Trail of Broken Wings - Sejal Badani - Review

Trail of Broken Wings
By Sejal Badani
370 pages
Available at: IndieBound || Amazon.com || Barnes & Noble

Remember when I suggested a book club ? Well its that time of the month! Review Time, but first a little background - 

Background - When her father falls into a coma, Indian American photographer Sonya reluctantly returns to the family she’d fled years before. Since she left home, Sonya has lived on the run, free of any ties, while her soft-spoken sister, Trisha, has created a perfect suburban life, and her ambitious sister, Marin, has built her own successful career. But as these women come together, their various methods of coping with a terrifying history can no longer hold their memories at bay.

Buried secrets rise to the surface as their father—the victim of humiliating racism and perpetrator of horrible violence—remains unconscious. As his condition worsens, the daughters and their mother wrestle with private hopes for his survival or death, as well as their own demons and buried secrets.

Told with forceful honesty, Trail of Broken Wings reveals the burden of shame and secrets, the toxicity of cruelty and aggression, and the exquisite, liberating power of speaking and owning truth.

My Review -

I didn't want to finish the book so I took my time :) This was my first book about domestic violence by an Indian author, and Sejal Badani is an amazing debut writer. She was able to write a book that felt real, was very honest, and brought about a rush of emotions and questions. The first thing I noticed was how different/distinct each character's voice was. Ranee, Marin, Trisha, Sonya and Gia became women I wanted to protect. I understood how violence of this nature got to the point it did because there is a cultural aspect. The Indian culture or any culture in general is a very community oriented culture. It is very possible that in cultures where their beliefs and way of life is in the air they breathe, the food they eat, and the way they talk, violence can be hidden by both the perpetrator and the victim.  Why would they hide it ? Because it brings a type of shame that will not only affect the abuser but the victims as well in a way that can never be erased. In this book, each character handled the abuse differently. At first I hated Ranee, because I thought, as a mother you should always protect your children no matter what, but I soon realized that if she died or ran away, she wouldn't have been able to protect them. I disliked Trisha because she was insensitive and very selfish, I felt she needed to grow more and understand more of how she became the way she did. I also did not like Gia, but I think because she was young and didn't understand a lot about violence, and was misled by two people she loved, it is understandable how she felt the way she did. My favorite characters were Marin and Sonya because they were the strongest women in this book. They both handled the abuse as well as they could, and were able to start finding lasting ways to heal. It wasn't only physically healing but also mentally healing because abuse doesn't just hurt physically, it causes psychological problems that take years and love to heal. By the end of the book, we notice that each character is healing and going in the direction of  not only forgetting the past, but also learning from the past to build their future.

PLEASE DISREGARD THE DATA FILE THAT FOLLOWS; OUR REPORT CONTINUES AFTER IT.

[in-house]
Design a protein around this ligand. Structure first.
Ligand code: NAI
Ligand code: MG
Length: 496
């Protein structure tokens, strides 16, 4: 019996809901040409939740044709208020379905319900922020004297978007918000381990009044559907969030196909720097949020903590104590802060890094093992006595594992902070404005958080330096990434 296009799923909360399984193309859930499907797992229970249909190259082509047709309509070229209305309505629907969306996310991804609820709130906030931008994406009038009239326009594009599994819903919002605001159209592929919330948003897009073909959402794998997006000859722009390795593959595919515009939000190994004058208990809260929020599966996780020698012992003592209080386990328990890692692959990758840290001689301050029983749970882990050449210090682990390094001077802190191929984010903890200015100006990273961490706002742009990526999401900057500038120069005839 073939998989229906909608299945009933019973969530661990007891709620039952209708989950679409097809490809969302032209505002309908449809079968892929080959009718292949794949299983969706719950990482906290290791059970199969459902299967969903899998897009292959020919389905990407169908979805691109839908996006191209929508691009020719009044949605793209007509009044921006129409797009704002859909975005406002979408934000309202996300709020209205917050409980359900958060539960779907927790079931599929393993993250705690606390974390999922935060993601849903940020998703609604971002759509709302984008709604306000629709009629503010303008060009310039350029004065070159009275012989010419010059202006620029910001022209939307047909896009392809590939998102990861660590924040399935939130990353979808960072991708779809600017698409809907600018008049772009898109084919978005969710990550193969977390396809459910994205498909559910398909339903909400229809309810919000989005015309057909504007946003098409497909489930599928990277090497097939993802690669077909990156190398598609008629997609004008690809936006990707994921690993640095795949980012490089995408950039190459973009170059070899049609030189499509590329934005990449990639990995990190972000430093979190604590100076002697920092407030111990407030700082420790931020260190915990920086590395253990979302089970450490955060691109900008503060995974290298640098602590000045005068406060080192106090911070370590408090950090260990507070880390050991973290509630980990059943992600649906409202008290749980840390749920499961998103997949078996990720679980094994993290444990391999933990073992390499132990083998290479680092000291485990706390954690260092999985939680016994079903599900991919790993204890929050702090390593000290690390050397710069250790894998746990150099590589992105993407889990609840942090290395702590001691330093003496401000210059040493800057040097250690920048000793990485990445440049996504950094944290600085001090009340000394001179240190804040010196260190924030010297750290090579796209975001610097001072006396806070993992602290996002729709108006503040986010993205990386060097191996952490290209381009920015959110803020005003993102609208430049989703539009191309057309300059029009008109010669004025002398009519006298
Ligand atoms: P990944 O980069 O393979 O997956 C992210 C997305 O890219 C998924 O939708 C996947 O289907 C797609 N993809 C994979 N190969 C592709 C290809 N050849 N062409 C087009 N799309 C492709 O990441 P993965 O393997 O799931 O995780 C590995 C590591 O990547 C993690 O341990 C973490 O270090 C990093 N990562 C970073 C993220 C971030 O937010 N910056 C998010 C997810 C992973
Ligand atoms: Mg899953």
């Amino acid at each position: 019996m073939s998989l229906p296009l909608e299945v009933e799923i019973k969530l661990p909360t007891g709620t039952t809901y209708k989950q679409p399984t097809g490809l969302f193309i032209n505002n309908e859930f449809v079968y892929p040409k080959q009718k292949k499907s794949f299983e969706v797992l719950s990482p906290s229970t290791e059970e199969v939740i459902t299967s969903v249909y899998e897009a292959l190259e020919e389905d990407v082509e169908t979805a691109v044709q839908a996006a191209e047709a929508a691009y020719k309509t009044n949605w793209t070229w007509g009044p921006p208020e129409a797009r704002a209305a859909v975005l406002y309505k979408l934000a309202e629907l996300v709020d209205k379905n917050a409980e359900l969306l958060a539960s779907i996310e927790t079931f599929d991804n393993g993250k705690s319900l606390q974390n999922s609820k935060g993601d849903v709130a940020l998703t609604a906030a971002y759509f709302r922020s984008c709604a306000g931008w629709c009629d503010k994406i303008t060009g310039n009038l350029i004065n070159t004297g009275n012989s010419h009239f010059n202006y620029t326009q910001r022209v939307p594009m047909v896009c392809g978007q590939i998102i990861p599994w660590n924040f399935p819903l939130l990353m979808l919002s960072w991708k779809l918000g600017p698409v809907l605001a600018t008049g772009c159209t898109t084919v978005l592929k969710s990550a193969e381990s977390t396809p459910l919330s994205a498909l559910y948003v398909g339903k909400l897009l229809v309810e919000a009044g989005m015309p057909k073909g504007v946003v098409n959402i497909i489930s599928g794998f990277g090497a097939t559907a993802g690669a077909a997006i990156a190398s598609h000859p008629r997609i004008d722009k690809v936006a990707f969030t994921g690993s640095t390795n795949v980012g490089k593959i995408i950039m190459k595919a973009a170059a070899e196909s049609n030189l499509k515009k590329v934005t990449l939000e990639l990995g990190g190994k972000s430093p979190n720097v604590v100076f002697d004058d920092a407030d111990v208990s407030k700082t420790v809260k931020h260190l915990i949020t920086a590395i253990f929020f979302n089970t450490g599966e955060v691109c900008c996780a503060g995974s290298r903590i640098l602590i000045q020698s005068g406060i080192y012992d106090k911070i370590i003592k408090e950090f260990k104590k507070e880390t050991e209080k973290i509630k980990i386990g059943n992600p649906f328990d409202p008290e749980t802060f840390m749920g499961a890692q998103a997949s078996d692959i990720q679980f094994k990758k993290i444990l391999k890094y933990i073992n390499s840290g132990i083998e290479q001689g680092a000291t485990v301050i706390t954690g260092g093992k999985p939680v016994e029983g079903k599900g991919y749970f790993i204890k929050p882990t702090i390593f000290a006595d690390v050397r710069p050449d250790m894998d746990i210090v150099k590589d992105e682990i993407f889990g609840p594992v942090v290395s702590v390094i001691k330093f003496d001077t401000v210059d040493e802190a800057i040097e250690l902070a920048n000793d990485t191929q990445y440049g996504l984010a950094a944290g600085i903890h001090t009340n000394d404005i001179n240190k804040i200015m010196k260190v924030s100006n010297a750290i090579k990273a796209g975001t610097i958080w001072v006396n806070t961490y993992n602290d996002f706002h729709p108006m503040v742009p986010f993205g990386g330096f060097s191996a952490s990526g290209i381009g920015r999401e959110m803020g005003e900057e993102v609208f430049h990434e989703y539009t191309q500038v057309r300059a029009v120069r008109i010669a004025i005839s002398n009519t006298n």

I absolutely loved this book, and I will recommend it to everybody!

If you know anybody that is suffering from domestic violence, please speak up, or let somebody know. I have personally not experienced domestic violence and I know that nobody can understand what the victims feel but they should know that they are loved and prayed for. I checked my analytics and the top 5 countries that visit my blog are from the US, France, Russia, Germany and the UK. Thank you to all over 14,000 of you!

Please see below for websites you can get more information on helping to report or learn more about domestic violence. 

US - The National Domestic Violence
France - This is a list of counselors, and crisis support information that can be used
Russia - Anna Center
Germany - Big Hotline and also this brochure that has a lot of information on reporting violence and what happens after the police is involved.
UK - The National Domestic Violence , Women's Aid , Men's Advice Line (because boys and men are also victims of domestic violence)

I know this isn't much help, but it is a little bit of what I can do as a voice on the Internet.

I will be talking about our next book for the month tomorrow!! Can't wait to share it! 

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